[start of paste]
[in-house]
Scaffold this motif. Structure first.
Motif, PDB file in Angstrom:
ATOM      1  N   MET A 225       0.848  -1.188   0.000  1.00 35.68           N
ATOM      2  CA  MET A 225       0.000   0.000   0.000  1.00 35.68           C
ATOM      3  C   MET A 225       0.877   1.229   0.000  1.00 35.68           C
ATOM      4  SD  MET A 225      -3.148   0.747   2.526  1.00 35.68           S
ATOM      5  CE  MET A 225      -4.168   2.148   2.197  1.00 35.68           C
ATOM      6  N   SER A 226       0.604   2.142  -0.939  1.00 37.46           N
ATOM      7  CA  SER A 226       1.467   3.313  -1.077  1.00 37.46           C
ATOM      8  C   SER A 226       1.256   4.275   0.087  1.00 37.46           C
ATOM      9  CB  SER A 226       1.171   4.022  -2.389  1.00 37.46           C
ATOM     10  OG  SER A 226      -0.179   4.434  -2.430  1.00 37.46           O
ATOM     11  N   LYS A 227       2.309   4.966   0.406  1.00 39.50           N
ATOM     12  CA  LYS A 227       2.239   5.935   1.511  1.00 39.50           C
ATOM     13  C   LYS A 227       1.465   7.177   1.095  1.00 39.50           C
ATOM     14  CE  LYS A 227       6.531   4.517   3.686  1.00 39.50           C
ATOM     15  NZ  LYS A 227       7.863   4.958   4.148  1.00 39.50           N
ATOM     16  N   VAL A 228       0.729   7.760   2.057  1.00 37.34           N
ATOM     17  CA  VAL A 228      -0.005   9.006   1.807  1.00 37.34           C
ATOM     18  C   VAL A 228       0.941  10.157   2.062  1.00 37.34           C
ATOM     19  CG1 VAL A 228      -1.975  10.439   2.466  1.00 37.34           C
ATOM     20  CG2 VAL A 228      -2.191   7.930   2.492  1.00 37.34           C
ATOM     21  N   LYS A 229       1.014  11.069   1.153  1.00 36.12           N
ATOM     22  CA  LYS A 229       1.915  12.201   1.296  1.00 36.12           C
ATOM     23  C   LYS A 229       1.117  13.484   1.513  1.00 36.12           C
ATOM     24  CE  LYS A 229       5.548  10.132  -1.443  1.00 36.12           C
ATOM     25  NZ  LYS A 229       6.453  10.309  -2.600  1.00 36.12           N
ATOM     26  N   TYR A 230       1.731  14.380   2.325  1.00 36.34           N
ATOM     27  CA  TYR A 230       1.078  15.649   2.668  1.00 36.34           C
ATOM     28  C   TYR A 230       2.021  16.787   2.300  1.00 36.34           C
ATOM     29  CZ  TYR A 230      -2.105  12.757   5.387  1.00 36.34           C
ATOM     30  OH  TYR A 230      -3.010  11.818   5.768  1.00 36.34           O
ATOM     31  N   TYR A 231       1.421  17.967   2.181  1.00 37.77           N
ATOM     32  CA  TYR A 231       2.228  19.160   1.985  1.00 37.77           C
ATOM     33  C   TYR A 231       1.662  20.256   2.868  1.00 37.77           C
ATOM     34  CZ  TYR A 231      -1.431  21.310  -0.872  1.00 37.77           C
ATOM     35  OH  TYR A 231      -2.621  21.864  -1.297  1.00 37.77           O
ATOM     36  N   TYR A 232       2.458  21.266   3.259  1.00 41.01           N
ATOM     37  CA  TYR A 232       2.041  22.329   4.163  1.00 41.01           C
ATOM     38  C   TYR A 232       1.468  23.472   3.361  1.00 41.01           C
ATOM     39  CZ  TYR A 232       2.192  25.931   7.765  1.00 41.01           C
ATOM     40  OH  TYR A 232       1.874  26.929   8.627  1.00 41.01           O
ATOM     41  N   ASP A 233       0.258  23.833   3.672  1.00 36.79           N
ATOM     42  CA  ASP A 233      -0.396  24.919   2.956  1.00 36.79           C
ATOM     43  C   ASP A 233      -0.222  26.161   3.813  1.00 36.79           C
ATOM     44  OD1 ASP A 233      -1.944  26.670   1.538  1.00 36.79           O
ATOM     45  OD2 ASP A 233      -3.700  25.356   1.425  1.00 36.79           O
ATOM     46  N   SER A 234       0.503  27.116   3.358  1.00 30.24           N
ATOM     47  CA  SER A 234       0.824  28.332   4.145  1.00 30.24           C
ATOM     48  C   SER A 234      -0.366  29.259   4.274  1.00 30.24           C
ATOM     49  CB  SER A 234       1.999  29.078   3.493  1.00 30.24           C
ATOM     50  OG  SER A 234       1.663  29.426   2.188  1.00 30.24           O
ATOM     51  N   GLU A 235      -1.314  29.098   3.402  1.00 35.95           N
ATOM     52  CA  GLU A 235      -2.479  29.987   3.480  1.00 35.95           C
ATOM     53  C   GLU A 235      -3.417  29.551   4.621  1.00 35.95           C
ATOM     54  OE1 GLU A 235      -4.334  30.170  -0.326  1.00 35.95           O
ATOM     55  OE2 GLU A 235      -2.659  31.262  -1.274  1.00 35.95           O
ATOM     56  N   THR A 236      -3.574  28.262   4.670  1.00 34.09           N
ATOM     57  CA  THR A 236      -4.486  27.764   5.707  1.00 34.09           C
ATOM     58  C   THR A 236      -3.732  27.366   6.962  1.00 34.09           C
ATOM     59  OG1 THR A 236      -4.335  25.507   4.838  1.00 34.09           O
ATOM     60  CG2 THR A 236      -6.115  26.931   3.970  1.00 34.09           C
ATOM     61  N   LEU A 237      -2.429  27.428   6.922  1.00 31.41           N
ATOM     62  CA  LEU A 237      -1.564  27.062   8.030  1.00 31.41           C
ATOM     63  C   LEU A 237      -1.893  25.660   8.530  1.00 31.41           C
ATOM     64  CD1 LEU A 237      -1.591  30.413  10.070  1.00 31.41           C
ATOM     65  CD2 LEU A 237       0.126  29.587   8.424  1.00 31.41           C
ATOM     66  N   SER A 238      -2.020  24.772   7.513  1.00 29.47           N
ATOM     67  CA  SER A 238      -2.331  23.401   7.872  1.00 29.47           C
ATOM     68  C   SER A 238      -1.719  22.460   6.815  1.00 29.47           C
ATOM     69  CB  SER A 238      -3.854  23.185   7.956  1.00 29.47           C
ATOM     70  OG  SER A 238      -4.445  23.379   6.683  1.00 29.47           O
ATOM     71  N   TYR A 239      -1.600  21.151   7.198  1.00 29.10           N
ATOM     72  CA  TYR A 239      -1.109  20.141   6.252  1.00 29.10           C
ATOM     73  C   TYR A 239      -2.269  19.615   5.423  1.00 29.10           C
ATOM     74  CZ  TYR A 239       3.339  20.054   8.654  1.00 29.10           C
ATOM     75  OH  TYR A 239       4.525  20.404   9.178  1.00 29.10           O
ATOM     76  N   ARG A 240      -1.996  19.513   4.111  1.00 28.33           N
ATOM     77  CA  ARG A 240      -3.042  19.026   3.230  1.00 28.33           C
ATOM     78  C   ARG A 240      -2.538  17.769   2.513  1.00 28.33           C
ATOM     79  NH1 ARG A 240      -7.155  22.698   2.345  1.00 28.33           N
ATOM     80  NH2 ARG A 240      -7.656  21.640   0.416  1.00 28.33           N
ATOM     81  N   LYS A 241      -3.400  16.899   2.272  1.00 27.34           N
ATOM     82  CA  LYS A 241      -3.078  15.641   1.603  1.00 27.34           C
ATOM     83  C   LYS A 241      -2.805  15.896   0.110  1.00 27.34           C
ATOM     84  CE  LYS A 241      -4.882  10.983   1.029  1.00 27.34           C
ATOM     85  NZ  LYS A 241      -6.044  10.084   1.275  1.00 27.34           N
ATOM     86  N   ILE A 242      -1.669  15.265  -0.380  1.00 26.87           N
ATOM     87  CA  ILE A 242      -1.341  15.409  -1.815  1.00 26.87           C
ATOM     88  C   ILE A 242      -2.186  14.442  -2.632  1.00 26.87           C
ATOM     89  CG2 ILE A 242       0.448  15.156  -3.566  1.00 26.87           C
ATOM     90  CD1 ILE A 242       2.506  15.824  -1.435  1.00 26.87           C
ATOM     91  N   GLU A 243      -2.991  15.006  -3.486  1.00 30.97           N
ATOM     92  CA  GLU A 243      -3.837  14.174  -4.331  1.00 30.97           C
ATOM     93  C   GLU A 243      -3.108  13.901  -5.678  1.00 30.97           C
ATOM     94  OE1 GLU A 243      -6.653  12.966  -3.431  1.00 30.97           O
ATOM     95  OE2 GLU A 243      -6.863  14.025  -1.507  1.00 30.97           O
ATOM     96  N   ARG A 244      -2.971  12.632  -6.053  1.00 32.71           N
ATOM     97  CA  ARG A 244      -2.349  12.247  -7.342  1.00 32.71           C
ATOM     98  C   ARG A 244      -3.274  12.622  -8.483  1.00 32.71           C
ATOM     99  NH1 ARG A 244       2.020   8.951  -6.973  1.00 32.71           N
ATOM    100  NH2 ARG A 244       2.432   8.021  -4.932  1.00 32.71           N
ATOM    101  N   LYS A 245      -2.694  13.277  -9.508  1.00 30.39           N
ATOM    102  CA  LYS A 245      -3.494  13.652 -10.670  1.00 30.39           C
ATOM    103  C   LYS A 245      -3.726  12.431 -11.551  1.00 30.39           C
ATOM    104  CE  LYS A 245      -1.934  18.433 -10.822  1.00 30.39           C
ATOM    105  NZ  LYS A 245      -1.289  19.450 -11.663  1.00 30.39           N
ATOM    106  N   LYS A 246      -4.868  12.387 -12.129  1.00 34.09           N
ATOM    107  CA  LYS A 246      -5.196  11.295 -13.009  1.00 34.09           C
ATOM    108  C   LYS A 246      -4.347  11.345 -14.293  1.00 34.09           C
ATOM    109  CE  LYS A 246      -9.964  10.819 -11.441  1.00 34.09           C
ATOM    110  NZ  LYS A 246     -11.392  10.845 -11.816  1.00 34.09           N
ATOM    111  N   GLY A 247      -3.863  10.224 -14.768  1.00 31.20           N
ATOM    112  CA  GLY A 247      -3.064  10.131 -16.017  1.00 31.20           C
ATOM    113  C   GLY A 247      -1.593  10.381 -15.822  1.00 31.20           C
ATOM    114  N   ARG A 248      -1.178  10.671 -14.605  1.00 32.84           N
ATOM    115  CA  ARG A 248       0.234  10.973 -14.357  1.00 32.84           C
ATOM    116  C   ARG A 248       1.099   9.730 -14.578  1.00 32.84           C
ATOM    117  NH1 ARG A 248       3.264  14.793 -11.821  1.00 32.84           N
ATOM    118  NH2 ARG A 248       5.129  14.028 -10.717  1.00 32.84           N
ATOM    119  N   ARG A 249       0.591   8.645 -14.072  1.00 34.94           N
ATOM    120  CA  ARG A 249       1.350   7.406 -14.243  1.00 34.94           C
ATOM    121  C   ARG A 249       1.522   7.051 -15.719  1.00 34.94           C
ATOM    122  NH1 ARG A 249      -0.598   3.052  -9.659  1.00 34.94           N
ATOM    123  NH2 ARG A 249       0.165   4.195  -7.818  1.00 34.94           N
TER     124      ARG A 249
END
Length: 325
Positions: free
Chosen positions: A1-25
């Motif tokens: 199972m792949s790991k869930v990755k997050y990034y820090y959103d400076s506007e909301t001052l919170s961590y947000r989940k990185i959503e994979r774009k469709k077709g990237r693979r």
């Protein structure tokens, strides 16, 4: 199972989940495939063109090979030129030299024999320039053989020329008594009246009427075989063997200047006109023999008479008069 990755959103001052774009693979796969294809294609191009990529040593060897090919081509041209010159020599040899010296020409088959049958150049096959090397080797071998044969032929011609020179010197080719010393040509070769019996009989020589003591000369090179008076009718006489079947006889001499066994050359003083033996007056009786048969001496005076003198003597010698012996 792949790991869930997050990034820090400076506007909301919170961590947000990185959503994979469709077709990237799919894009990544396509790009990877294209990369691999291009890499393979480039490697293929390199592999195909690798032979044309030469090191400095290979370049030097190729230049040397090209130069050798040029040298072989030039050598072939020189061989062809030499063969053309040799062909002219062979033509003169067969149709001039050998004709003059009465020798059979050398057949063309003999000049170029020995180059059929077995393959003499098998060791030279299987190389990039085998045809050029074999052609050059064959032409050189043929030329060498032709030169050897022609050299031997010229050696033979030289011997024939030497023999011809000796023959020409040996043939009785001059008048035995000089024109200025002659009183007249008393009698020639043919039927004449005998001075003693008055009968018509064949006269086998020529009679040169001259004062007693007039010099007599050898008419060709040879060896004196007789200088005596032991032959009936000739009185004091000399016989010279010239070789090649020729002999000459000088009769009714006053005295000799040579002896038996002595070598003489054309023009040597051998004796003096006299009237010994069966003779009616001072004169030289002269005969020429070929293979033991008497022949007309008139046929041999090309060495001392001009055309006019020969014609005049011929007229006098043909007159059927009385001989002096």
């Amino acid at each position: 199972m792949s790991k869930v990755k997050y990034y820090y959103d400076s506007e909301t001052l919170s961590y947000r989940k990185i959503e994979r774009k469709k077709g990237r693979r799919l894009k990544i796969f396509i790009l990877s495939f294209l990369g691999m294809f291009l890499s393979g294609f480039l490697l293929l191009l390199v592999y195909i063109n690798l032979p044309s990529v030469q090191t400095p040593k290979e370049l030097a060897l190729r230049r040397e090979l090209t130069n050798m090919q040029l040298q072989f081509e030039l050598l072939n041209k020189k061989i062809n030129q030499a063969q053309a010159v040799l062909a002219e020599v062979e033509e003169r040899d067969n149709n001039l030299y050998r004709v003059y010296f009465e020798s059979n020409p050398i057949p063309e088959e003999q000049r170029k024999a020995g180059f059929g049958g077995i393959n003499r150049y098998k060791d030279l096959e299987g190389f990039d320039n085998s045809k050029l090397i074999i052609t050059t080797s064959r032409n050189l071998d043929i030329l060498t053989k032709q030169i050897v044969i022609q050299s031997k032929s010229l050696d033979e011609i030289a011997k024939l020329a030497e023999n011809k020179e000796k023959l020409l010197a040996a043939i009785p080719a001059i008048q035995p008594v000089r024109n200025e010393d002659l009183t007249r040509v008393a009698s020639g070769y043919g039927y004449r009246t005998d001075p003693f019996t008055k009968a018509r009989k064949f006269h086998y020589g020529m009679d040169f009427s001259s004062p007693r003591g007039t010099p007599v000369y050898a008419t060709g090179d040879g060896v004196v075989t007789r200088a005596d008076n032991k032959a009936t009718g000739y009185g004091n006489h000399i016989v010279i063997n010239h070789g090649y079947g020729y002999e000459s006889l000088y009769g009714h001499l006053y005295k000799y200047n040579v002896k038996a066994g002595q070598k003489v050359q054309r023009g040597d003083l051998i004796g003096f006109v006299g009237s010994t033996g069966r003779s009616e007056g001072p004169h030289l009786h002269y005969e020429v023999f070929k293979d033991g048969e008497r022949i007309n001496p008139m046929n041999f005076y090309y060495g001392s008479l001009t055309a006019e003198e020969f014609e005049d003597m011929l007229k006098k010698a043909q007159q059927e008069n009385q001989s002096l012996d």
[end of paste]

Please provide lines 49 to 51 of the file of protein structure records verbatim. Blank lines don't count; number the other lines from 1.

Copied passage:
ATOM     46  N   SER A 234       0.503  27.116   3.358  1.00 30.24           N
ATOM     47  CA  SER A 234       0.824  28.332   4.145  1.00 30.24           C
ATOM     48  C   SER A 234      -0.366  29.259   4.274  1.00 30.24           C